Fourth, he underlined, there was room for even further cooperation in public security. Hoping to bank on its funding and construction of Costa Rica's National Police Academy, Beijing expressed its willingness to safeguard not only Costa Rica's national security, but also its “stability"—a remarkable suggestion given the connotations that word carries for most countries' domestic affairs, particularly in Latin America. In addition to calling for the usual increase in cultural exchanges, sport, and tourism, Wang finished by stressing the importance of Costa Rica's strong role in developing the China-Community of Latin American and Caribbean States (CELAC) Forum.

To be sure, none of this means that San José's relationship with Washington, typically its most important partner, has soured in the least. As if to preempt and up the Chinese security offer, when Costa Rican President Solís traveled to Washington in August 2016 with US Ambassador S. Fitzgerald Haney to meet one last time with President Obama, he left with a sizable security package.

With an eye toward securing Costa Rica's borders in a dangerous neighborhood and fighting the transnational criminal networks that thrive in its midst, Washington gifted two 110-ft patrol boats valued at USD30 million to police the country's Pacific coast, two C145 cargo planes (USD25 million), a 45-ft vessel, two 38-ft interceptors, and 19.5-ft riverine boats, and built a Coast Guard station and pier in the port of Golfito, a hangar and operations center for SVA in Ciudad Neily, and KM35, a crucial security checkpoint facility on the country's southern border with Panama.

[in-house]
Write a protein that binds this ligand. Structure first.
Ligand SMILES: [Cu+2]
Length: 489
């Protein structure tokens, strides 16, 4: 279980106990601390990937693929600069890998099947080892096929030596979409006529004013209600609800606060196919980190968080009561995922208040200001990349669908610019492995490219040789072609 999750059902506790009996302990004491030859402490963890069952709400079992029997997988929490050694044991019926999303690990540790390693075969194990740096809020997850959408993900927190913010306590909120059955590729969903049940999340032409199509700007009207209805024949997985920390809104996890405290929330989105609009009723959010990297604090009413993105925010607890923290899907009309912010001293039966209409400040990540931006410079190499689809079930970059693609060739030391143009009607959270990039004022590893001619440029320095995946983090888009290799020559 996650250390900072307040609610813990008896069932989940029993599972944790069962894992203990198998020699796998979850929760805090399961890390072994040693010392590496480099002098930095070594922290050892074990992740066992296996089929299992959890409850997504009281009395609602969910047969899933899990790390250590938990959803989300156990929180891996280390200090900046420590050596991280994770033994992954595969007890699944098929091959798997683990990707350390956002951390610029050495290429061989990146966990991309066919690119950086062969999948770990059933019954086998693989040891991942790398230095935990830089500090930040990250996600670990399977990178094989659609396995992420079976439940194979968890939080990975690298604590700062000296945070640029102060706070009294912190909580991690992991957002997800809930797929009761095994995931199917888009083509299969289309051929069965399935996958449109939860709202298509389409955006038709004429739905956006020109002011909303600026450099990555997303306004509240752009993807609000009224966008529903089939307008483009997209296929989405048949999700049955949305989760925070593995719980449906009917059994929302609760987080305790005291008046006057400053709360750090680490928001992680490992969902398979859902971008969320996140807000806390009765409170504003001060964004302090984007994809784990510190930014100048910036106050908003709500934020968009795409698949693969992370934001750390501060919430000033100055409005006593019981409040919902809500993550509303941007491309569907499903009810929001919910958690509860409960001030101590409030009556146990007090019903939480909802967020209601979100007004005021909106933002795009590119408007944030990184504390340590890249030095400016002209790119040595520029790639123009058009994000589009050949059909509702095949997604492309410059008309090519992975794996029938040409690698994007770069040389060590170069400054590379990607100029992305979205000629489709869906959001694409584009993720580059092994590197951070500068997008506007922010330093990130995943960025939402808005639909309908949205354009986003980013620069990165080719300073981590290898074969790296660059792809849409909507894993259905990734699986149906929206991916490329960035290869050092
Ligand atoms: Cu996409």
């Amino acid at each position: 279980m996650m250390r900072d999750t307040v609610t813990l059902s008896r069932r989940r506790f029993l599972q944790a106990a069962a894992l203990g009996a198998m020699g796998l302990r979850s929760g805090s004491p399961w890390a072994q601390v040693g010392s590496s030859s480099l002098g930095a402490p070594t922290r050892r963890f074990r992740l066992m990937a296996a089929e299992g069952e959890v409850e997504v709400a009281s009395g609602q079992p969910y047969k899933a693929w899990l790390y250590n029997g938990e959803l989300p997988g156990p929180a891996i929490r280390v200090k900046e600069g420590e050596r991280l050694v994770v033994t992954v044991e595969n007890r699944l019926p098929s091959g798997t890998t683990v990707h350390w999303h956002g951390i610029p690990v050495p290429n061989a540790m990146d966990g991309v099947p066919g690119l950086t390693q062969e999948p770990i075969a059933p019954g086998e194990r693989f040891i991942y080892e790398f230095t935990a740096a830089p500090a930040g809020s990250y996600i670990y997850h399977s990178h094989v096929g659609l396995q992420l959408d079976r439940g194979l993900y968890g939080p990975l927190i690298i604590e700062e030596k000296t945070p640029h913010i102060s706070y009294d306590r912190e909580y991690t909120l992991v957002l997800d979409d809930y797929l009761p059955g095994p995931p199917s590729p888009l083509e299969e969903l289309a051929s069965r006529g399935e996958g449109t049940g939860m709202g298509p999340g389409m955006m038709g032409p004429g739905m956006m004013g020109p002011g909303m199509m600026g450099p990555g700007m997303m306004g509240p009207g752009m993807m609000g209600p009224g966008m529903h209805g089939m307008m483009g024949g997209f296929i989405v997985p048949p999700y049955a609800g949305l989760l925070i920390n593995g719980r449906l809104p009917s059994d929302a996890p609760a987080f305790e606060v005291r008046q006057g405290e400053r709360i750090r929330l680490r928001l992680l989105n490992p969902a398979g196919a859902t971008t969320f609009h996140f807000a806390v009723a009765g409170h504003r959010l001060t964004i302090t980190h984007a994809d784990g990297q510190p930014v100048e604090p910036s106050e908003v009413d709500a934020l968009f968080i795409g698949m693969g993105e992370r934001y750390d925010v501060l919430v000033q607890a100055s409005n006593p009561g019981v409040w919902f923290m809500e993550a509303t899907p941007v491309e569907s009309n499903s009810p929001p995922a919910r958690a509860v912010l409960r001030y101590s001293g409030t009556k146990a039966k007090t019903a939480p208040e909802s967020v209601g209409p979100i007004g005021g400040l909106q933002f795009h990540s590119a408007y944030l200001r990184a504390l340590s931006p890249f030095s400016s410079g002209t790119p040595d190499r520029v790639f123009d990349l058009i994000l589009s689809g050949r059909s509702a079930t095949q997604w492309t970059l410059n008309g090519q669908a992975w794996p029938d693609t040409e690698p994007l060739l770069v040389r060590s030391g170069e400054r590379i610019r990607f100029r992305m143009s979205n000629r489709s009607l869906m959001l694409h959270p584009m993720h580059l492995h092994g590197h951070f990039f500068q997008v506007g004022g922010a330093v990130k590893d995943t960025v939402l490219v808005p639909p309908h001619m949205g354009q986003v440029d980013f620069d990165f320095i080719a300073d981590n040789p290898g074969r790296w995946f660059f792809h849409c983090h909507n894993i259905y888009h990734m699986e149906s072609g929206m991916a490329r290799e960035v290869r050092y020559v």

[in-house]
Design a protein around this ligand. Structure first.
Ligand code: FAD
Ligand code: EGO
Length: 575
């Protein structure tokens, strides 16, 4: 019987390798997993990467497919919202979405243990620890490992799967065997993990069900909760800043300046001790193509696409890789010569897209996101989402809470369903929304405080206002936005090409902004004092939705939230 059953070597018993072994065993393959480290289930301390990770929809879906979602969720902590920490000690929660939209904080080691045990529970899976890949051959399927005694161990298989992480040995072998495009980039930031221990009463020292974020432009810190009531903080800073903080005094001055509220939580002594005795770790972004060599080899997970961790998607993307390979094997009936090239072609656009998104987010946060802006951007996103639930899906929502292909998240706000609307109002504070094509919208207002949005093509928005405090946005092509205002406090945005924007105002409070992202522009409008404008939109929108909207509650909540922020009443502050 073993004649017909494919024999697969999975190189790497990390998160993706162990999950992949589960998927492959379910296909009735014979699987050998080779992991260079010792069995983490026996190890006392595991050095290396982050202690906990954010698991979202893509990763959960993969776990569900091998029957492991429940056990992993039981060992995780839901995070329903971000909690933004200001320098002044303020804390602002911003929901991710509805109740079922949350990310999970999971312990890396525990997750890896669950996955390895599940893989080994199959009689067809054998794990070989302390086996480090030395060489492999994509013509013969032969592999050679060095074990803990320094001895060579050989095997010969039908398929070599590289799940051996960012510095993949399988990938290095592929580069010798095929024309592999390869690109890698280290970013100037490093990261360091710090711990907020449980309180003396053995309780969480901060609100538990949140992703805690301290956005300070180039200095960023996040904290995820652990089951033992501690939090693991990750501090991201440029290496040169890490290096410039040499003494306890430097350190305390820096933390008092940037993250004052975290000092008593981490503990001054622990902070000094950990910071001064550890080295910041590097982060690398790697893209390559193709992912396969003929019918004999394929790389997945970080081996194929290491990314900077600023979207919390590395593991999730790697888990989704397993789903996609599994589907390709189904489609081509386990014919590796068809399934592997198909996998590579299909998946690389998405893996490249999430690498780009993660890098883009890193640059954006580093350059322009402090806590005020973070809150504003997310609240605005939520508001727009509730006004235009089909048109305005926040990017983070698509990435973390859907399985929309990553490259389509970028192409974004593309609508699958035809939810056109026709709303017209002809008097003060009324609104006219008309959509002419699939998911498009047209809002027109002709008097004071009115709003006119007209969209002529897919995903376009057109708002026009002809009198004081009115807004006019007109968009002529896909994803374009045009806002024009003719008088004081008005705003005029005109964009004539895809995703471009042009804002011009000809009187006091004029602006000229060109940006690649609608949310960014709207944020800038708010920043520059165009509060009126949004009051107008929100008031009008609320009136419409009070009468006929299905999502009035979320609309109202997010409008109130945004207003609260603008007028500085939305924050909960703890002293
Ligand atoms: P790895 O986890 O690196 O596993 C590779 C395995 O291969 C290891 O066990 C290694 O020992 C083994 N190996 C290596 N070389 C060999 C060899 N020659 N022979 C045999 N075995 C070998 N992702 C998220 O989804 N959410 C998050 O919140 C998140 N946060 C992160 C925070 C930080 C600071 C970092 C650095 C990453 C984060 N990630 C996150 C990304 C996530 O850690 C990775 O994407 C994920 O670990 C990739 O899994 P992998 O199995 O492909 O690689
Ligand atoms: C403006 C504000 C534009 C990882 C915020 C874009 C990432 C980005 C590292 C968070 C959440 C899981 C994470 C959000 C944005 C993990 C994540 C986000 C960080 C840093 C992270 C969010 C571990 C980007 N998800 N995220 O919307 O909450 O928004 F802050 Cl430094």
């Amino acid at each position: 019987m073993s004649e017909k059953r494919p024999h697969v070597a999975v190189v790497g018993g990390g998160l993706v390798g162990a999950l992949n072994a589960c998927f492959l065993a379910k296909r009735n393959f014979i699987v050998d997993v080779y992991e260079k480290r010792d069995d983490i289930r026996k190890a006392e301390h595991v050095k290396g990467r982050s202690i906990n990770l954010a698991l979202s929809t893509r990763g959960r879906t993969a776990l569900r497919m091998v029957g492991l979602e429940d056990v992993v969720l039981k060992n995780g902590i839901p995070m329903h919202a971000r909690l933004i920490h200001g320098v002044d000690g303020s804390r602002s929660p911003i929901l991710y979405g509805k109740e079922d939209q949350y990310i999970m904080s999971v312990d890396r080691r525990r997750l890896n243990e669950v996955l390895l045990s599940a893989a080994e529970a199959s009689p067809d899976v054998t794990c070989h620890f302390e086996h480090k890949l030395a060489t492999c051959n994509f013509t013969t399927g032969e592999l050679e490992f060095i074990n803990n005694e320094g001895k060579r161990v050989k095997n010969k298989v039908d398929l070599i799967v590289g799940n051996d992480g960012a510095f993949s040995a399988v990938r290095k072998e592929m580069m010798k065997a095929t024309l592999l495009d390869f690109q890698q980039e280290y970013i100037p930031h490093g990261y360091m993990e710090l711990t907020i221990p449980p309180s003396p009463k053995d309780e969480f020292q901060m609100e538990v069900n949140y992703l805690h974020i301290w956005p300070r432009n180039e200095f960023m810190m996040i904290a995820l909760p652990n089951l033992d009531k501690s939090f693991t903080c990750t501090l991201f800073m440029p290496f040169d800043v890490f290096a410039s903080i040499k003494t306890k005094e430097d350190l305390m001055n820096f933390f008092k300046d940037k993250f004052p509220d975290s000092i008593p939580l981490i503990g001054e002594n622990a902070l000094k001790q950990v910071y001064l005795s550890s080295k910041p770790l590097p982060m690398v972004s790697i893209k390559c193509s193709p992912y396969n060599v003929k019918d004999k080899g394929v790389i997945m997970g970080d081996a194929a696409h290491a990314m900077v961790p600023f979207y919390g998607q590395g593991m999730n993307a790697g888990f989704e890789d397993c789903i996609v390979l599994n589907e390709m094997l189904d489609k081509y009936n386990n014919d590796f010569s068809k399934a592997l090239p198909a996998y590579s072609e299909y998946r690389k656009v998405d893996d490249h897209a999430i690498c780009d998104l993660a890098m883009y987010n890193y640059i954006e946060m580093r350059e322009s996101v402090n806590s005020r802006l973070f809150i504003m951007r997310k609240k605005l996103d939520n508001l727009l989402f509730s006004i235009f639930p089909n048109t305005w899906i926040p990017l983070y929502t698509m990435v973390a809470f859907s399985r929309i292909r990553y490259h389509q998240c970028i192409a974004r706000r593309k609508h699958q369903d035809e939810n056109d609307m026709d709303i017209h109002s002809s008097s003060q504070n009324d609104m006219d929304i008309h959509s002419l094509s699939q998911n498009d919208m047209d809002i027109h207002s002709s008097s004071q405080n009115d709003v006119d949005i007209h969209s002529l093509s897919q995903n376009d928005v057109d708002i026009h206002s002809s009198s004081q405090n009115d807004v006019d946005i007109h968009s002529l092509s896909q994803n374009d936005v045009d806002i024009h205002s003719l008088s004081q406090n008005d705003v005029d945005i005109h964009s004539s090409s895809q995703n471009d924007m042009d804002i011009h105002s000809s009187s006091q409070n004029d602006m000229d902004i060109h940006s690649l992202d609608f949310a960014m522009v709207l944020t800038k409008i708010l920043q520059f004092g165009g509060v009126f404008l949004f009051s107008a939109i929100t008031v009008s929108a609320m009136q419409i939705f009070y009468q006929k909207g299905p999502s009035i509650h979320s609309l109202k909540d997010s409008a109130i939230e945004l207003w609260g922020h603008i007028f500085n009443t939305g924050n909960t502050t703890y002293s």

In addition to this security assistance, the US also gave Costa Rica communications equipment to help park rangers; trained 500 officials to help victims of sexual abuse; gave equipment and training for the country's Juvenile Restorative Justice program, which works to reintegrate juvenile offenders; and gave funding to the Rahab Foundation to help combat human trafficking in the north of the country, long one of its most dire humanitarian concerns.

Equally concerned with at-risk youth and the root causes of entrenched poverty and violence, the US funded more than USD2.2 million in projects through the Central American Regional Security Initiative (CARSI) in Costa Rica to provide job skills and training to more than 2,300 at-risk youth, in addition to giving half a million dollars to programs fighting to prevent drop-outs and drug use in the provinces of Puntarenas and Limón. Finally, the US Department of Labor also awarded Costa Rica USD3 million to provide workplace-based training programs for at-risk youth.

If anyone was concerned that Trump's election would lead to a lull in the countries' strong ties, these were quickly cast aside when President Solís traveled to Washington again in March 2017 to meet with Vice President Pence, then-Secretary of Homeland Security General John Kelly, and Under Secretary of Political Affairs Thomas Shannon. With General Kelly, he discussed bilateral plans to vamp up border security and information collaboration and discussed better ways for Costa Rica to continue working with the Department of Homeland Security to intercept narcotics shipments as they transit through its territory. Indeed, Solís also left the meetings with assurances from US Customs and Border Patrol, US Customs and Immigration Enforcement (ICE), and US Coast Guard that each would continue their efforts to bolster its border security and counter international criminal networks, especially narcotics trafficking and money laundering. Whatever the noble assurances from Beijing, it is clear the Ticos still have a powerful partner to the north.